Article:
Penelope Daborn on Understanding Beauty
“Beauty comes in many forms,” interior designer Penelope Daborn says. Growing up in East Africa, she learned to love the way the light enriches earthy colors like greens and ochers. In India, she appreciated saturated jewel tones, and in New York, calm grays and neutrals. Now based in Maine, the colors in her rooms often merge with the blues and greens of the ocean. In today’s edition of MH+D Inside Out, Penelope Daborn tells us how her understanding of beauty can change to reflect her clients and their surroundings.
Q. What interests you about interior design?
A. I think it’s to do with relationships, not only those between color, form, space, and light, but also the relationships between my clients and their spaces. Psychologically, it’s interesting to try to reflect people as I come to understand them in the spaces where they’re living and working. I try not to impose a style of my own, but to help my clients define their own aesthetic.
Q. What do you like about adapting your style to your client?
A. It’s just eternally interesting. Everybody’s different, right? It’s also a way of finding beauty in different ways, of creating beautiful spaces that are nonetheless tailored to those different personalities and needs. I think that’s what I like best about it.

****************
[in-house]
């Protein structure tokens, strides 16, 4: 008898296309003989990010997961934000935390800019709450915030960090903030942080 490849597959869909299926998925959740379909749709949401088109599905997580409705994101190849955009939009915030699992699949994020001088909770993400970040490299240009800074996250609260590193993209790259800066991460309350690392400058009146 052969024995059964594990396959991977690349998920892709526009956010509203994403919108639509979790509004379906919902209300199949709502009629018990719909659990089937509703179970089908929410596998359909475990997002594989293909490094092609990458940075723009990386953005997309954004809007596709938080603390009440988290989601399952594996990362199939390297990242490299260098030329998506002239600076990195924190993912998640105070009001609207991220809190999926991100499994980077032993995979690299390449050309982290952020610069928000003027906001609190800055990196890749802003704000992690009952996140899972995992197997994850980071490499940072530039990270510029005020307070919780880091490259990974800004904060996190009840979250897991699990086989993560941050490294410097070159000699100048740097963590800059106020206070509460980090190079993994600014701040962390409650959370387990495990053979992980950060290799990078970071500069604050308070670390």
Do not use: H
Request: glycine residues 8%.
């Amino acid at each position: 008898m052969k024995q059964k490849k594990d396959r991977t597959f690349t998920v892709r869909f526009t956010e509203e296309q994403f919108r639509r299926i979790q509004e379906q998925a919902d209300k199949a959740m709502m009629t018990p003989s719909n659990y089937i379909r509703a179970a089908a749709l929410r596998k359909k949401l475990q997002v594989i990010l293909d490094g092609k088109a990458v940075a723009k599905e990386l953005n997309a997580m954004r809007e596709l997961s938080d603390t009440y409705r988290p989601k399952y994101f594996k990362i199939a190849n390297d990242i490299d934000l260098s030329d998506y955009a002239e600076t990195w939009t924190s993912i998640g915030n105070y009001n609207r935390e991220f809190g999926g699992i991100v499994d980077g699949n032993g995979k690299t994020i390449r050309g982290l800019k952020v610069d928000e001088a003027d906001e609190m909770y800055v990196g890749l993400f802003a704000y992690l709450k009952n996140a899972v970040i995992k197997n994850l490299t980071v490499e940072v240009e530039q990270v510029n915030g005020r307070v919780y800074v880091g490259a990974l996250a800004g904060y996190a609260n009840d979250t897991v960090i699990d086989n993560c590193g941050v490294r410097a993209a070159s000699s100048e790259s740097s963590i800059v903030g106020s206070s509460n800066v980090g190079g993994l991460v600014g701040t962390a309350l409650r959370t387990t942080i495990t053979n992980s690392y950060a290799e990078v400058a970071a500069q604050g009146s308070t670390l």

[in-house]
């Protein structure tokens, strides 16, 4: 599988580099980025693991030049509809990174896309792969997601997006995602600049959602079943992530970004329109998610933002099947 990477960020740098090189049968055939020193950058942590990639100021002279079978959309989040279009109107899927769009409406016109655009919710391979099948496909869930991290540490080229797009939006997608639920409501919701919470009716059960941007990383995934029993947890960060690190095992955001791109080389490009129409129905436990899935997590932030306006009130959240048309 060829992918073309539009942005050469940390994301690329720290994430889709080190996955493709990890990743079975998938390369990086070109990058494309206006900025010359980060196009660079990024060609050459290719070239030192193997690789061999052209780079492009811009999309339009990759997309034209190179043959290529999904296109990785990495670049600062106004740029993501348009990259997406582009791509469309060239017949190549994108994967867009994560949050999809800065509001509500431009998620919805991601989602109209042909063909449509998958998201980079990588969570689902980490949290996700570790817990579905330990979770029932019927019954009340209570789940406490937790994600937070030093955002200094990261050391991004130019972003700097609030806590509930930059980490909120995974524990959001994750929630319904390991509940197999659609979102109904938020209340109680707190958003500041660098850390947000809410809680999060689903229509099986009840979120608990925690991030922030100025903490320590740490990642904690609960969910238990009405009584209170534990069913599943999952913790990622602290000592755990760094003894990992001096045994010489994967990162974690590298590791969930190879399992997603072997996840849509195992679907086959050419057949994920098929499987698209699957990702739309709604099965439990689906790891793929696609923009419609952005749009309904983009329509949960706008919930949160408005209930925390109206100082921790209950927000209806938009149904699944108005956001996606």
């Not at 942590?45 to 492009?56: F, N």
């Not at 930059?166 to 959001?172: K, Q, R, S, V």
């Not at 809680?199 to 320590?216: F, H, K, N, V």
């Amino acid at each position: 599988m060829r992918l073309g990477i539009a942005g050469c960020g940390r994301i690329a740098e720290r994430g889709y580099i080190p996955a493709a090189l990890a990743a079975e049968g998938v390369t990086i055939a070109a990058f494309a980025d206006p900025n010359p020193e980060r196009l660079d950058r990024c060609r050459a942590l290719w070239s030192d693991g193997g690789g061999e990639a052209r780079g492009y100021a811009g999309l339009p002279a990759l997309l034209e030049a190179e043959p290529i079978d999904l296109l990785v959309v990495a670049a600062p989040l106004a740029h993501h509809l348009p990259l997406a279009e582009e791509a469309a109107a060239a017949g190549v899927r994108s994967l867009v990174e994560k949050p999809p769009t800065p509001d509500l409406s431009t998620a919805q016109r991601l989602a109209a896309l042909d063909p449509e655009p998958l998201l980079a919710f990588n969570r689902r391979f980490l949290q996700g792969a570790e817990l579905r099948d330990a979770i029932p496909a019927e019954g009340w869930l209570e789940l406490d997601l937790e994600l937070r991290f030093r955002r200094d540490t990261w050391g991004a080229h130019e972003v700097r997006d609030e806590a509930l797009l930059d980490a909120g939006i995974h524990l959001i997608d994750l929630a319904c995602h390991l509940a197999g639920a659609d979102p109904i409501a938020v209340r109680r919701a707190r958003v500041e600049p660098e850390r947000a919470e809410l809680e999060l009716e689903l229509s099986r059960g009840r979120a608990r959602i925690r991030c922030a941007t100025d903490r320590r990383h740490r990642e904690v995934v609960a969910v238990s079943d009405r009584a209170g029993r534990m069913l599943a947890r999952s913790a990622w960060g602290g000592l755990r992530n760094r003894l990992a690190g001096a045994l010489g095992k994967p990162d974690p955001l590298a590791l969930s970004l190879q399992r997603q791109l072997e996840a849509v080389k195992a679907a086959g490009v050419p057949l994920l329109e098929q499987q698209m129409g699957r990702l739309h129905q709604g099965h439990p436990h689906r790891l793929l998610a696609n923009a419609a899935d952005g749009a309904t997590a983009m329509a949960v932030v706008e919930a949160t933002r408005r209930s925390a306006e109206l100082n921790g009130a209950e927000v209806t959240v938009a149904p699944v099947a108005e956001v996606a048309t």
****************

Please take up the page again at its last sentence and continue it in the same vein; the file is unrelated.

Q. It seems like neutral colors are prevalent in your designs. What do you like about neutrals?
A. They provide so much freedom for everything else. It’s almost a blank canvas with which you can then do a lot. The most interesting neutrals are complex; they pick up on the hues of the objects around them, and they often appear different depending on the style of the room or the time of day.
Q. What’s an example of this?
A. Well, there’s a Sherwin-Williams paint color called Muslin, which, in some light, can look almost like a warm white. In other light, it verges on taupe, and in other light, it has a slightly green hue. I like the fact that, if it works in the room, every time you look at it, it will look ever so slightly different.
Q. What are your favorite colors to work with?
A. Because of the light here, I like a lot of the blues, grays, and greens. I do find that I’m using them a lot. The light in Maine is very pure. It’s very white, I suppose. In East Africa, for instance, the light is a lot warmer.